E.g., 2024-06-24
E.g., 2024-06-24
E.g., 2024-06-24
OCS News
Oct. 7, 2008
Colin Ware of the University of New Hampshire’s Center for Coastal and Ocean Mapping designed and generated the visualization of global ocean flow patterns that appears on the “Science on a Sphere” display.
AAPG Explorer
Oct. 6, 2008
Larry Mayer is quoted about his work on mapping the Chukchi Cap which has yielded surprising results regarding the Convention of the Law of the Sea Article 76 for natural prolongation and extension of the continental shelf. (The article starts on page 22).
New York Times
Sep. 29, 2008
Colin Ware's work with the Smithsonian, of the oceans depicted as a global system, pictured in the New York Times.
Sep. 8, 2008
GeoCoastPilot is a joint venture of NOAA and the Data Visualization Research Lab at the—stand by for a mouth full—University of New Hampshire’s Center for Coastal and Ocean Mapping (CCOM)/ Joint Hydrographic Center (JHC). The researchers are looking for feedback on, um, how well they let you visualize the data.
Sep. 6, 2008
...The groups involved in the FISHPAC project included NMFS, OCS, NOAA's Office of Marine and Aviation Operations, the U.S. Naval Undersea Warfare Center (NUWC) and the University of New Hampshire's (UNH) Center for Coastal and Ocean Mapping (CCOM), as well as several private contractors and suppliers of undersea technology.
New Hampshire Magazine
Sep. 3, 2008
UNH AT SEA UNH has made plenty of enduring contributions to marine research; just last February, the university’s Center for Coastal and Oceanic Mapping/Joint Hydrographic Center revealed .... read more
PBS - News Hour
Aug. 20, 2008
The researchers are aboard a U.S. Coast Guard ice cutter for the fourth U.S. expedition "designed to map the uncharted parts of the Arctic sea for establishing an extended continental shelf," said Larry Mayer, director of the Center for Coastal and Ocean Mapping at the University of New Hampshire and head of the research team.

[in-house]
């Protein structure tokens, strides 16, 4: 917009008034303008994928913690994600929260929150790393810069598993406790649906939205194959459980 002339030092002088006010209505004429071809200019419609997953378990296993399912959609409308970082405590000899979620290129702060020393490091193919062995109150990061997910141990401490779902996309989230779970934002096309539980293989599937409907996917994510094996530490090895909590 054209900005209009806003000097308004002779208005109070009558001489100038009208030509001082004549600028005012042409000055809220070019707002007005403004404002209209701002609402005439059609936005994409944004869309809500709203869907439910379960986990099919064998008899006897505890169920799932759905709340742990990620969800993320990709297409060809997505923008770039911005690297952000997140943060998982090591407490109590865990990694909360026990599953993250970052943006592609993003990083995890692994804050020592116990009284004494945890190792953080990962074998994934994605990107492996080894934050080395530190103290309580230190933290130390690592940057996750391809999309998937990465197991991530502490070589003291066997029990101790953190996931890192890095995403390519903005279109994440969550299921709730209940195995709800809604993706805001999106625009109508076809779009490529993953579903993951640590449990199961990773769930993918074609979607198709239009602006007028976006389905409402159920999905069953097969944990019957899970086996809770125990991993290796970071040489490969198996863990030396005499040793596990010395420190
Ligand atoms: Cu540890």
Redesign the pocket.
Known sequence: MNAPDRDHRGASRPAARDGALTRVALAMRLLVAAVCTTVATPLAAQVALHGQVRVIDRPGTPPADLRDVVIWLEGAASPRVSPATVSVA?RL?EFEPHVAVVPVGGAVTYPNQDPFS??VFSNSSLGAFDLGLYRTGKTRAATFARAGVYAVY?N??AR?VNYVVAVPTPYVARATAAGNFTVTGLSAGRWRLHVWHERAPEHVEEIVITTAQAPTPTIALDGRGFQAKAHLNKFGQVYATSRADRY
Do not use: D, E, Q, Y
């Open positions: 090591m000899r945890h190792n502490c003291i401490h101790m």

Aug. 12, 2008
Larry Mayer, a university scientist, said melting sea ice, presumably from global warming, helped last year's mission. "It was bad for the Arctic, but very very good for mapping."
U.S. Department of State
Aug. 12, 2008
The first cruise is led by the University of New Hampshire’s Joint Hydrographic Center, with support from the National Oceanic and Atmospheric Administration.
NY Arts
Aug. 11, 2008
I am currently working on a new large-scale project based on the Arctic Ocean as a frontier made accessible by melting ice. For this project I will be working with the Center for Coastal and Ocean Mapping at the University of New Hampshire, a group that is mapping the sea floor of the Arctic Ocean, one of the least known and sparsely charted realms on the planet.
Maritime Global Net
Jun. 20, 2008
Maine Maritime Academy welcomed a team of oceanographic researchers to campus this week as part of an educational cooperative with the University of New Hampshire (UNH), Durham, N.H. The research team consists of faculty and students from the University’s Center for Coastal and Ocean Mapping (CCOM), and members of the National Oceanographic and Atmospheric Administration (NOAA) Joint Hydrographic Center (JHC) based at the University. The CCOM-JHC conducts a variety of seafloor mapping research projects in partnership with NOAA. This year, the group is conducting a bathymetric survey of the Bagaduce River and Castine Harbor. The study is scheduled to take place through Saturday, June 21.